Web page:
The Crover bot is able to “swim” through grain and check every corner of grain bulk using moisture and temperature sensors, meaning only the robot needs to directly access the grain and keeping workers safe. The Crover bot can also provide more accurate grain data for farmers, enabling them to make better-informed decision and prevent grain spoiling.

Farm Safety

To find out more about the Farm Safety Foundation and Farm Safety Week, visit the NFU Mutual website. You can see more of the Agri-EPI Centre members on our network page, or explore our work with innovative agri-tech companies on our project pages.

 

UK agri-tech experts and growers join forces on salad-saving robot

A robotics solution to horticultural labour shortages is being developed to help secure the availability of the UK’s favourite salad veg – the lettuce. 

Agri-tech and machinery experts at Grimme, Agri-EPI Centre, Image Development Systems, Harper Adams University and The Centre for Machine Vision at the University of the West of England, Bristol have joined forces with two of the UK’s largest lettuce growers, G’s Fresh and PDM Produce, in the new Innovate UK-funded project to develop a robotic solution to automate lettuce harvesting. 

Whole head, or iceberg, lettuce is the UK’s most valuable field vegetable crop. Around 99,000 tonnes were harvested in the UK in 2019i with a market value of £178 million. But access to reliable seasonal labour has been an increasing problem, exacerbated by Brexit and Covid 19 restrictions. Early indications are that a commercial robotic solution could reduce lettuce harvesting labour requirements by around 50%.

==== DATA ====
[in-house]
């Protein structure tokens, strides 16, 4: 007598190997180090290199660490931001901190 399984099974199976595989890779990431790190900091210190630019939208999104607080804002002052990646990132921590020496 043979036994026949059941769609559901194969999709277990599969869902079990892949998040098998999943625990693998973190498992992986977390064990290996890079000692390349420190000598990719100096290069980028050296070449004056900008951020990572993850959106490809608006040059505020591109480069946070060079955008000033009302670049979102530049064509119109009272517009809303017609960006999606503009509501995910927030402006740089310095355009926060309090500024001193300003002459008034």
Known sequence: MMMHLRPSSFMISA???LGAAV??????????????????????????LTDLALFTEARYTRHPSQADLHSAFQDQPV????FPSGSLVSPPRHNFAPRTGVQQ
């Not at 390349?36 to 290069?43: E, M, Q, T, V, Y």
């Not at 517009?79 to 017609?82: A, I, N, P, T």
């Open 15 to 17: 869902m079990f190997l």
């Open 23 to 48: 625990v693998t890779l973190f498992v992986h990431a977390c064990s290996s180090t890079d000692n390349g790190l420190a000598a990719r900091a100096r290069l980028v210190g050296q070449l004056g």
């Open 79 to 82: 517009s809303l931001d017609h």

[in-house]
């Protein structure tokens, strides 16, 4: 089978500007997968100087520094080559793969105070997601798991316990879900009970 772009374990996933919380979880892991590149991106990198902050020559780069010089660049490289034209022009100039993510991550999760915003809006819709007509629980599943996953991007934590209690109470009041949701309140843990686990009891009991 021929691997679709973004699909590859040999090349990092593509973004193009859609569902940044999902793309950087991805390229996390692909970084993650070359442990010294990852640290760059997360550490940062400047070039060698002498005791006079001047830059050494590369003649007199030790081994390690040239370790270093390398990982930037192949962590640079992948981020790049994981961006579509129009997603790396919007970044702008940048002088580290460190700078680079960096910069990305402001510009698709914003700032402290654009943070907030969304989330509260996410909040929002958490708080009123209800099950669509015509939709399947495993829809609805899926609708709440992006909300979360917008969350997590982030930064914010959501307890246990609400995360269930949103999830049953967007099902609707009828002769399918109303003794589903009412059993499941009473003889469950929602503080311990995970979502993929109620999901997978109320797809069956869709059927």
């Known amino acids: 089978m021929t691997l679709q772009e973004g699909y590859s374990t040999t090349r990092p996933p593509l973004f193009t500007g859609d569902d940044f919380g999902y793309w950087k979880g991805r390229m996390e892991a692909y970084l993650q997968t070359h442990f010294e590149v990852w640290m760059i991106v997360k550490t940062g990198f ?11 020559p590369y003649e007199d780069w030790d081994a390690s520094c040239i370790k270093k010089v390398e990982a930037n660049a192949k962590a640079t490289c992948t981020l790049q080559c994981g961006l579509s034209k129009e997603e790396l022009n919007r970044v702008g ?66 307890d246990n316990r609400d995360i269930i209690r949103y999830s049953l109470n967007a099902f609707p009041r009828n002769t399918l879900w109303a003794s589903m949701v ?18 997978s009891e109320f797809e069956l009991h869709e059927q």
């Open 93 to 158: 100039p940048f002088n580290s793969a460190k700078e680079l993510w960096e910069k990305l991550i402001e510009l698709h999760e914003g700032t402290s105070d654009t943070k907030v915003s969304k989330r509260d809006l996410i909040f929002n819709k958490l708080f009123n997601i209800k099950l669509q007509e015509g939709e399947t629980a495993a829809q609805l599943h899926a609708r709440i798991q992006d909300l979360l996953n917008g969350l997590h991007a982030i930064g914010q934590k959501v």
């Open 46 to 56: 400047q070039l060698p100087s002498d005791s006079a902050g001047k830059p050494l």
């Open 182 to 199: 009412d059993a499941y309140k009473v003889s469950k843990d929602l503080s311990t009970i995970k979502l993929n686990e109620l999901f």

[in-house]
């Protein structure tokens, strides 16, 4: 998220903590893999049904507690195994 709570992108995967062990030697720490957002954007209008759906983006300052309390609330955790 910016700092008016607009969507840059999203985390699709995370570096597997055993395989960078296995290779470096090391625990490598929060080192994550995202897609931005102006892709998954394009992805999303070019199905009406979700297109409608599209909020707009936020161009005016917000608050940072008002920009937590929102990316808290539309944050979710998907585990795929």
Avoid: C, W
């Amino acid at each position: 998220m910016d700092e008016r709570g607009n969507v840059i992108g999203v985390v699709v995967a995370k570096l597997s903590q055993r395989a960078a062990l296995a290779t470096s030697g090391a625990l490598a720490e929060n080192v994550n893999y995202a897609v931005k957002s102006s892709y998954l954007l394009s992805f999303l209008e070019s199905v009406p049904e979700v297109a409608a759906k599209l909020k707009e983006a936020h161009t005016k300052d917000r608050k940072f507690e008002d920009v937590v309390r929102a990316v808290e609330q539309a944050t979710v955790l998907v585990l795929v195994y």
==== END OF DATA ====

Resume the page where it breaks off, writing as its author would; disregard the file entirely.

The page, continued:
Thom Graham, Vegetable Specialist at lead projects partner Grimme said: “One of the greatest challenges facing the horticulture sector is sourcing sufficient seasonal labour to conduct their harvest commitments in a timely manner. In addition, rising cost of labour with no increase in retail price has squeezed margins. Growers are looking at solutions that can reduce labour input costs and maintain their resilience in the sector and we hope our expertise can help.” 

Dermot Tobin, Managing Director of Farming at PDM said: “For many decades our business has relied on seasonal labour for harvesting lettuce. Nearly all the lettuce you see on UK supermarket shelves is cut by hand. Sourcing labour is getting really challenging and with wage inflation rising far quicker than return to grower prices margins are really tight. Our industry needs to embrace robotic technology to reduce our reliance on labour so being involved in this project is of the utmost importance to our business.” 

Richard Ellis, Innovation & Research Project Manager of G’s subsidiary Salad Harvesting Services Ltd. said: “The process of lettuce harvesting has continuously evolved over the past 30 years, with harvest, packing, date coding, boxing and palletising all completed in the field, within minutes of the crop being cut. The cutting process of an iceberg is the most technically complicated step in the process to automate. We are encouraged to be involved and see the results of this project which offers the potential to reduce reliance on seasonal labour.”   

The project will adapt existing leek harvesting machinery to lift the lettuce clear from the ground and grip it in between pinch belts. The lettuce’s outer, or ‘wrapper’, leaves will be mechanically removed to expose the stem. Machine vision will then identify a precise cut point on the stem to separate lettuce head from stem.  

A prototype robotic harvester will be developed for field trials in England towards the end of the 2021 UK season, in around September, then at G’s Espana.  

Lettuce is also a valuable crop in Europe and the US. 123,000ha of lettuce and chicory was grown in the EU in 2018ii with similar areas in the US. These areas have similar issues of access to seasonal labour, offering a significant potential market for the lettuce robot. 

Agri-tech Innovation Support for future funding